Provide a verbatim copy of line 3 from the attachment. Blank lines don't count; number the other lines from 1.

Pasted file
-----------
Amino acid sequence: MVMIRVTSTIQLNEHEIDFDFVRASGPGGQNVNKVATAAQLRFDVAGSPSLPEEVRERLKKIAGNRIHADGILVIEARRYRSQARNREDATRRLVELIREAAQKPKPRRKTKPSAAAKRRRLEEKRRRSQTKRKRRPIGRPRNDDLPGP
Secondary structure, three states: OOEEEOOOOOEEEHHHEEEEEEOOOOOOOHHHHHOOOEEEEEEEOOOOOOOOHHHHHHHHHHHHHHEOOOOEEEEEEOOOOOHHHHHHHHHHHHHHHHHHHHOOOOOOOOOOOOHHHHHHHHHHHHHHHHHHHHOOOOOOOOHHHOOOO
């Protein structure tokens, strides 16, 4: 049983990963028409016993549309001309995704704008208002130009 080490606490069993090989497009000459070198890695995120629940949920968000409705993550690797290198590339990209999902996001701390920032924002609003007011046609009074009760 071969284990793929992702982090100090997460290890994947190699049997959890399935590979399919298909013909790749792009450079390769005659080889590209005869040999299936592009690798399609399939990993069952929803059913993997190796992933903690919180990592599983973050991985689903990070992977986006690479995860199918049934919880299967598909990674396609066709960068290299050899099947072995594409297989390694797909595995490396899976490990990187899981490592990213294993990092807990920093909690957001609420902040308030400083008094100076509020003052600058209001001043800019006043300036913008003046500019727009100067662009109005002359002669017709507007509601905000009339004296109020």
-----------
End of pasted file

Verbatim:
């Protein structure tokens, strides 16, 4: 049983990963028409016993549309001309995704704008208002130009 080490606490069993090989497009000459070198890695995120629940949920968000409705993550690797290198590339990209999902996001701390920032924002609003007011046609009074009760 071969284990793929992702982090100090997460290890994947190699049997959890399935590979399919298909013909790749792009450079390769005659080889590209005869040999299936592009690798399609399939990993069952929803059913993997190796992933903690919180990592599983973050991985689903990070992977986006690479995860199918049934919880299967598909990674396609066709960068290299050899099947072995594409297989390694797909595995490396899976490990990187899981490592990213294993990092807990920093909690957001609420902040308030400083008094100076509020003052600058209001001043800019006043300036913008003046500019727009100067662009109005002359002669017709507007509601905000009339004296109020």